Henry Ruffner’s Ghost Story (“The Screech”)

A Screech Amongs the earliest settlers in the Kanawha valley was george Alderson, who had been a man of the woods from his youth. Though not much of a scholar, yet he could read, write, and cast up accounts, which, altogether was more than the majority of his sylvan contemporaries could do. He was a […]

Virginia governor accepts transfer of battlefield parcels

The Civil War Trust on Friday transferred ownership of 127 acres of Civil War property to the state of Virginia in a noon time ceremony held at Rice, Va. Virginia Gov. Terry McAuliffe accepted the gift of 12 acres at Sailor’s Creek Battlefield Historical State Park at that location as well as 115 acres at High Bridge Trail State Park. Read full article >>

Ruffner’s thoughts on writing for recreation

In an article in the July, 1856 edition of the Southern Literary Messenger, Dr. Henry Ruffner wrote: A few months before Alderson’s death, my father and uncle had purchased the land on which he lived near the old salt lick above Charleston, with the view of experimenting for salt water upon it. A few months […]

The Evidence for Paine as a Staymaker

As I discussed yesterday, a claim appeared on Wikipedia last month that Thomas Paine started out making stays for sailing ships, not stays for women to wear, and that Paine’s political enemies misrepresented him as a maker of underwear.This fraud apparently fooled every historian and biographer who has written about Paine. Show More Summary

Three Papers Uploaded to

In my ongoing effort to make as much of my published work available I’ve uploaded three additional papers to my page. “Is Not the Glory Enough to Give Us All a Share?”: An Analysis of Competing Memories of the Battle of the Crater in Aaron Sheehan Dean ed., The View From the Ground: Experiences […]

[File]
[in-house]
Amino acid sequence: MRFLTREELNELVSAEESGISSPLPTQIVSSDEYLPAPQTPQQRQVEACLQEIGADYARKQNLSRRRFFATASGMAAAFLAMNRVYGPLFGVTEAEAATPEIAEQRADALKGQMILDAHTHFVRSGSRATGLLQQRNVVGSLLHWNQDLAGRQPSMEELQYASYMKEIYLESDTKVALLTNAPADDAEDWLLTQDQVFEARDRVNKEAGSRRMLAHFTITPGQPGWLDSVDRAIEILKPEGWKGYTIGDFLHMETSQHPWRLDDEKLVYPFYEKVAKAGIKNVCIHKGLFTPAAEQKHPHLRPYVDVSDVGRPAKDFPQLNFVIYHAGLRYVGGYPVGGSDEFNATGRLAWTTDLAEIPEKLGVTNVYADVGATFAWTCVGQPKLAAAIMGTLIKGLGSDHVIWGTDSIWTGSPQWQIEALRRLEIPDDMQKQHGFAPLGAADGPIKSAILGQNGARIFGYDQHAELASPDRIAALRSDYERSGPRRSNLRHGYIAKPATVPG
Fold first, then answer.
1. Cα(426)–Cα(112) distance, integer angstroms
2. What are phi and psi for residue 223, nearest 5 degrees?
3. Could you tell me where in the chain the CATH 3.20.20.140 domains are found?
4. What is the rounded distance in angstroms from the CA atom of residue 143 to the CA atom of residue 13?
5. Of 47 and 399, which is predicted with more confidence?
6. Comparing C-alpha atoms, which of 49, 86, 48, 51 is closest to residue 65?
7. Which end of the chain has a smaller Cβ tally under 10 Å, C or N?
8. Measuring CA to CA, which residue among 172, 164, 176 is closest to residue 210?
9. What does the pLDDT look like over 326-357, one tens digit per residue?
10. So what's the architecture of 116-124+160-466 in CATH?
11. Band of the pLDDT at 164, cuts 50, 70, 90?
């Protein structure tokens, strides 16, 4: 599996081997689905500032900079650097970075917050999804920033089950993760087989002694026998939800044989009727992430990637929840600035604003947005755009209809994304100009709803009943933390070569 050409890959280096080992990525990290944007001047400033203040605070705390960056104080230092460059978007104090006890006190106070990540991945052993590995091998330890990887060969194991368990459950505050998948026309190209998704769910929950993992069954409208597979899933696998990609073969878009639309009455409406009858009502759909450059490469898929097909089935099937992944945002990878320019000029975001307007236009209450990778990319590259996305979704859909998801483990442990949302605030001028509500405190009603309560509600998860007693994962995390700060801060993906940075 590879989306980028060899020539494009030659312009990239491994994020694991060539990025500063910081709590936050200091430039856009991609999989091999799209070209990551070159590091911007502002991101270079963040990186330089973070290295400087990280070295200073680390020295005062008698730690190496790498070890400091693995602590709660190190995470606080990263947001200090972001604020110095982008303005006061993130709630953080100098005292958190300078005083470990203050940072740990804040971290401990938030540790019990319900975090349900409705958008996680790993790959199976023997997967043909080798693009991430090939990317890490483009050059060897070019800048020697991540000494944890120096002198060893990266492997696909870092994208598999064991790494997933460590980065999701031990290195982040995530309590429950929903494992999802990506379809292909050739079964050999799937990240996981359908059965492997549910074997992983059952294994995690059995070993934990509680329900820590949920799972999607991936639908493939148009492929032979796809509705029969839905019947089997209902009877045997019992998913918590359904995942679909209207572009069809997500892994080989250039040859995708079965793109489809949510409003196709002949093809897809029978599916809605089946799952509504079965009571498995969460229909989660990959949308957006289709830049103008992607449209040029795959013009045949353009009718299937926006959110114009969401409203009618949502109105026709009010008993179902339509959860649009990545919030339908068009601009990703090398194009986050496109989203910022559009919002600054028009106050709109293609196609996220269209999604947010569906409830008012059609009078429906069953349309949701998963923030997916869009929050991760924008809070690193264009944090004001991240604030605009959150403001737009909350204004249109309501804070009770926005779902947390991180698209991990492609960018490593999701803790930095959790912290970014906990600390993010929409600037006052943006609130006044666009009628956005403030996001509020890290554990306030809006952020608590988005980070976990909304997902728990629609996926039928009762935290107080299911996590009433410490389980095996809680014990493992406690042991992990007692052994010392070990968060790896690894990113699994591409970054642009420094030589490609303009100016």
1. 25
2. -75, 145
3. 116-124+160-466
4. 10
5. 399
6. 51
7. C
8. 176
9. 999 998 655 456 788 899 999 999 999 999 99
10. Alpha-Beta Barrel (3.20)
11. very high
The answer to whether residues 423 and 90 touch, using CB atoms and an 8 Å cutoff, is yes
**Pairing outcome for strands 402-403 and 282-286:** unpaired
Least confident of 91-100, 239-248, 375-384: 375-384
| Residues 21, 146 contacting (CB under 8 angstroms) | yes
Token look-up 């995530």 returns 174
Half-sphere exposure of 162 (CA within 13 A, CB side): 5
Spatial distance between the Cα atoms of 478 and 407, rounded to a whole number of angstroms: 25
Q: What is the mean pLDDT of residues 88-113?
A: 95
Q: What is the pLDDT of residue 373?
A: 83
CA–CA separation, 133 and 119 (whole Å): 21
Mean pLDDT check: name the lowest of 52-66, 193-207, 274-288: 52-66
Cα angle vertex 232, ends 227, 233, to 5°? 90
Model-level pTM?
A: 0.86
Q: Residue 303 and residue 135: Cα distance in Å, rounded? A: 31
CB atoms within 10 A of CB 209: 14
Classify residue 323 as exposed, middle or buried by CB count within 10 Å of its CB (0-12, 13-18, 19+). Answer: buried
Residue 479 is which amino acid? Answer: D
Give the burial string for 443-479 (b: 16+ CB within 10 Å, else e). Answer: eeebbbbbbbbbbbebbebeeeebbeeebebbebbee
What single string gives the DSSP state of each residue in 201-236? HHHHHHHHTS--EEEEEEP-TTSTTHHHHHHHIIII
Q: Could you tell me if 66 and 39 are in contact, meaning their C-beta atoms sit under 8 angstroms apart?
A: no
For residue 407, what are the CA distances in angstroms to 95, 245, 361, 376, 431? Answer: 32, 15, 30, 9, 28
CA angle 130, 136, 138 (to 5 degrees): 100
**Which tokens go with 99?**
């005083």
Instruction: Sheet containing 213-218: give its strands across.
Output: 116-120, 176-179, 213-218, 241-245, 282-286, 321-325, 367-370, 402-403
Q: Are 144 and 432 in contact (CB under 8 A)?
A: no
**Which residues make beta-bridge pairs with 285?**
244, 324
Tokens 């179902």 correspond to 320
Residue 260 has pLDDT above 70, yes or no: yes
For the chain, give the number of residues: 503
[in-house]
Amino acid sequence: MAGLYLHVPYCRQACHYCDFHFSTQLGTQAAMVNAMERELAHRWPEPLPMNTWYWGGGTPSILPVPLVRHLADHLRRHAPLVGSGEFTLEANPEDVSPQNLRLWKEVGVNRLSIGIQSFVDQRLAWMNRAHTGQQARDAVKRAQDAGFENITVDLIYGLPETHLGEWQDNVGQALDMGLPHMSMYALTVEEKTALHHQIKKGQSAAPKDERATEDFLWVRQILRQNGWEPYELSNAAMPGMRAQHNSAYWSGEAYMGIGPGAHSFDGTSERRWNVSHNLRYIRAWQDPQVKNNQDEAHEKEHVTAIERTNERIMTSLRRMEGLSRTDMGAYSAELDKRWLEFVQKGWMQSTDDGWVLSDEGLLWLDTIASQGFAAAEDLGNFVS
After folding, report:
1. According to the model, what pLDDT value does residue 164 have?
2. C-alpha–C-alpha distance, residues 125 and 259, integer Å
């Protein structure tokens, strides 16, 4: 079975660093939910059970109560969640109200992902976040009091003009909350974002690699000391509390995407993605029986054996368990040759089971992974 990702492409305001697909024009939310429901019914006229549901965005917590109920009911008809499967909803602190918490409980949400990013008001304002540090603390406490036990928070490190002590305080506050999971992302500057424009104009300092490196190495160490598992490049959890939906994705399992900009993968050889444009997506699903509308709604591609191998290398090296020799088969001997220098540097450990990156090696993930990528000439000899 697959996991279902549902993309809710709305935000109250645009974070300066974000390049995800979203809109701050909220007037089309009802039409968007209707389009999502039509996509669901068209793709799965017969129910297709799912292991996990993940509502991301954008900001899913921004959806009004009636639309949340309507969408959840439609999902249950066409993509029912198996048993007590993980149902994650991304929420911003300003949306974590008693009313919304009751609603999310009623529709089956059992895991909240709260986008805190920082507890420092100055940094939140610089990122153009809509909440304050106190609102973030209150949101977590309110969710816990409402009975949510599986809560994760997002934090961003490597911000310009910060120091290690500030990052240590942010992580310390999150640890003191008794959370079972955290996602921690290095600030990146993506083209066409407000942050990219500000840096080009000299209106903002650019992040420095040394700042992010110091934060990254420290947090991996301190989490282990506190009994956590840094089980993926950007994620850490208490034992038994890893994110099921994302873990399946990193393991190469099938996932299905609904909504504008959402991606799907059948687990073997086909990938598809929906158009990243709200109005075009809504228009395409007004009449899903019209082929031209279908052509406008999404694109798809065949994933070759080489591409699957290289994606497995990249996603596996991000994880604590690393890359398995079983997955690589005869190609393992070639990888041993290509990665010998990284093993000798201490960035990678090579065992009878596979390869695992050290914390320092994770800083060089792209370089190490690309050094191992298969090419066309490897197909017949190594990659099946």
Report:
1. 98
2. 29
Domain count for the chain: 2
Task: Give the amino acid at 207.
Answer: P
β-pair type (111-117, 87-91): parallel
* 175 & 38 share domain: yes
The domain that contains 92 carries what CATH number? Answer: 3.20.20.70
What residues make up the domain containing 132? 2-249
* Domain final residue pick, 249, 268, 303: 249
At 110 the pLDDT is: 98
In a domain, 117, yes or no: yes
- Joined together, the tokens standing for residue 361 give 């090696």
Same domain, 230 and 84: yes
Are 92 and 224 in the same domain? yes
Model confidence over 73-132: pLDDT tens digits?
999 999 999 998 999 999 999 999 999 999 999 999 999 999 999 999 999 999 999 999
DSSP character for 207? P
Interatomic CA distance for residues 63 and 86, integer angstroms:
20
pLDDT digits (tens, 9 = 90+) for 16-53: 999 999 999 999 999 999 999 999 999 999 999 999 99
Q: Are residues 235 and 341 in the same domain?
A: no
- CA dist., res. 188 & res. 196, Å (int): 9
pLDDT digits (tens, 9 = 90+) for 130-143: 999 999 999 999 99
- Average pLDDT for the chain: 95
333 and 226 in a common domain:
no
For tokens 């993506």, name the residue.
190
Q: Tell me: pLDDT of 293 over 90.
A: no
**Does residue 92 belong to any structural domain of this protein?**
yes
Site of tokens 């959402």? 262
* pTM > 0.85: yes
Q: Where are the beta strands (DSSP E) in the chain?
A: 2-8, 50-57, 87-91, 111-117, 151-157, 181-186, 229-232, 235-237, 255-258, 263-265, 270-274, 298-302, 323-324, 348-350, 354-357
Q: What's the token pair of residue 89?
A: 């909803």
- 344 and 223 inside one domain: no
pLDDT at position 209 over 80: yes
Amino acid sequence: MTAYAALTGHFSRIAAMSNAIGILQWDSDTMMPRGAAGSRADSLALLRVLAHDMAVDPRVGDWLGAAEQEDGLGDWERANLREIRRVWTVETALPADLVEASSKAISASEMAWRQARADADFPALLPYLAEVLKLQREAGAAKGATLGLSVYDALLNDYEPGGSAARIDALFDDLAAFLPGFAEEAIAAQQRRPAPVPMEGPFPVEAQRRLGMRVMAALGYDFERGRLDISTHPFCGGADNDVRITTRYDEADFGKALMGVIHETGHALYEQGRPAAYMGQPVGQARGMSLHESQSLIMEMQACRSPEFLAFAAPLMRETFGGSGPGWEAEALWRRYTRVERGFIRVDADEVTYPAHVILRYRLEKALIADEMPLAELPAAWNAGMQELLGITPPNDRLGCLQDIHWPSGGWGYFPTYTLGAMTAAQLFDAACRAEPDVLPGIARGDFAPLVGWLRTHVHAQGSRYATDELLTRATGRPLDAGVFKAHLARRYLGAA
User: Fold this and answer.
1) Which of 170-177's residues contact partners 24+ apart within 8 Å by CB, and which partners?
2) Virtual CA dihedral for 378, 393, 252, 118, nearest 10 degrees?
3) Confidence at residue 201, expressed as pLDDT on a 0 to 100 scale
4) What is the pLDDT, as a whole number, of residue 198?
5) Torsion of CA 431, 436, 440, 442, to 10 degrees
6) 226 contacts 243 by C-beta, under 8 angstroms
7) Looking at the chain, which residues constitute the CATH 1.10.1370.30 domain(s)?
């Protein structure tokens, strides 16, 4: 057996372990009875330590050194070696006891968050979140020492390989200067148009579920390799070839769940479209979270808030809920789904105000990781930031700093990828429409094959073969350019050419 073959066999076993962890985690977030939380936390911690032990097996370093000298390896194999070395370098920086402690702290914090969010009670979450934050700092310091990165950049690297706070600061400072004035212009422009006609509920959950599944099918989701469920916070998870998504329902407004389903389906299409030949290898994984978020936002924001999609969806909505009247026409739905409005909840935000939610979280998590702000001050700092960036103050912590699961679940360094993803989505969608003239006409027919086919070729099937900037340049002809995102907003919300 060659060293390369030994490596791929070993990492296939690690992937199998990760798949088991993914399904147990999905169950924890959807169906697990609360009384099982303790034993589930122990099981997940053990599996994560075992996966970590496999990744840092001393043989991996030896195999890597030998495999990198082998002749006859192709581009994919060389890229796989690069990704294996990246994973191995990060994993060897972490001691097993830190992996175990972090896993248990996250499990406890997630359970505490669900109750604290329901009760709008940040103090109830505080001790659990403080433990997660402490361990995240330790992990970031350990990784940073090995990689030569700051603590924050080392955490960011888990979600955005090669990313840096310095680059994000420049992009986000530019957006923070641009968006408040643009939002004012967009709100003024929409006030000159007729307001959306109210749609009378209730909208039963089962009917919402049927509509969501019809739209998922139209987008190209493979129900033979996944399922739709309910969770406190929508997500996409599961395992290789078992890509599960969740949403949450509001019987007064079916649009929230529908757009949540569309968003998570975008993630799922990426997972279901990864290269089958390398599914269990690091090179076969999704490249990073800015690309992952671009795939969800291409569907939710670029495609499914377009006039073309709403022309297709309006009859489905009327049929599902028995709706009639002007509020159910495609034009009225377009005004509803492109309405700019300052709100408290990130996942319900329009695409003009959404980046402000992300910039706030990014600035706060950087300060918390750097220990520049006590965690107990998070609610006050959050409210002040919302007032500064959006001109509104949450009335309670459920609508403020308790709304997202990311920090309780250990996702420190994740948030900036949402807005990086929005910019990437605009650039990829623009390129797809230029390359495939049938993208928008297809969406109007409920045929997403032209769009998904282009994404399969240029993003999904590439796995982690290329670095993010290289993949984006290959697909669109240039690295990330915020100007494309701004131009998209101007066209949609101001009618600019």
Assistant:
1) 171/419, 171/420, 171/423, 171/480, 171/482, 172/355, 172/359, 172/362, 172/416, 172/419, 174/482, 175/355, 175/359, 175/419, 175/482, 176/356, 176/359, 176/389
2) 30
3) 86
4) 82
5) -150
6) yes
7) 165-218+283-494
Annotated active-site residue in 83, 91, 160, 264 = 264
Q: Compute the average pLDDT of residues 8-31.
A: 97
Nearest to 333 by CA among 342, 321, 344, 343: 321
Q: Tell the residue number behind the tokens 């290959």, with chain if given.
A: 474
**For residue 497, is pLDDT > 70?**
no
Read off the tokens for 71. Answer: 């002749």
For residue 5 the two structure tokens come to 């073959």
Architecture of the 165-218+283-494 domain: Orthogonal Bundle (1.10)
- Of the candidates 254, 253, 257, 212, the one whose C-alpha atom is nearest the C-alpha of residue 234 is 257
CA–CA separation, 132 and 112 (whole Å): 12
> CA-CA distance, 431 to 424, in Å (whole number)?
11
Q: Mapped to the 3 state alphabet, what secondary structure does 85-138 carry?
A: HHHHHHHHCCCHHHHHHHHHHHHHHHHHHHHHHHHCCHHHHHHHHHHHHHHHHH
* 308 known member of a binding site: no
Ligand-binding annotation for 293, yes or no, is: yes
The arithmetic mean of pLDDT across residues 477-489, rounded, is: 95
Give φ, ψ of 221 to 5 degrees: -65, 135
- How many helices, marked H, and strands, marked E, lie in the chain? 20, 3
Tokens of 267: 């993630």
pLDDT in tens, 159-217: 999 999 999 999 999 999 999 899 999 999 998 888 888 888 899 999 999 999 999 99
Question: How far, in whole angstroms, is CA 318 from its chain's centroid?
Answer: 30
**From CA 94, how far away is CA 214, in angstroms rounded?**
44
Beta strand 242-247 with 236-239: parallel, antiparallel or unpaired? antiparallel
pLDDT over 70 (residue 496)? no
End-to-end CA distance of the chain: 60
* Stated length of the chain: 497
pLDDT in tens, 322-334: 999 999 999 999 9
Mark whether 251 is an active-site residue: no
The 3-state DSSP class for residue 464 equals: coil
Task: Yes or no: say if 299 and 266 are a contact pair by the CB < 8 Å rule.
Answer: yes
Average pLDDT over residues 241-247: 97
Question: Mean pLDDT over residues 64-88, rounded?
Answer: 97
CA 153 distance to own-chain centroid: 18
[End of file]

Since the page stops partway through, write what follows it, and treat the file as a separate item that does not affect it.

Top hairstyles 2015 Posts Category: Celebrity Hairstyles For Curly Frizzy Hair As Celebrities: The Carrie Bradshaw’s Style Category: Long Hairstyle Hairstyles For Long Thick Curly Hair: The Fire Curls Category: Men's Types Of...Show More Summary

Hairstyles For Curly Frizzy Hair As Celebrities: The Carrie Bradshaw’s Style

Having curly frizzy hair will be great alternative for the women to have different hairstyle that will make them become beautiful. Moreover, the suitable style of it will be great tool to increase their confidence to enjoy their life. Show More Summary

Visualizing the Union in 1861

Slate’s history blog, the Vault, has come through again with another incredible primary source from our Civil War. You may remember a couple of weeks ago I shared a Civil War board game. For those Americans who had trouble comprehending the relationship between the federal government and the states, along with the overarching importance of […]

When Dr. Henry Ruffner gave his “bah, humbug” to German superstitions

Since it’s Halloween Eve, I figured I would fall back on an article that I read in the past year, which was written by a Shenandoah Valley author. I’ve mentioned Henry Ruffner in this blog before, mostly because of the famous “Ruffner Pamphlet” and how it pertained to slavery in antebellum Virginia. Yet, as with all […]

This Season’s New Paine Claim

Last month, on 24 September, someone signed in to Wikipedia as “Jkfkauia” in order to revise the Thomas Paine entry. He or she explained the editing this way:(I am correcting a widely repeated piece of insulting misinformation about Thomas Paine. Show More Summary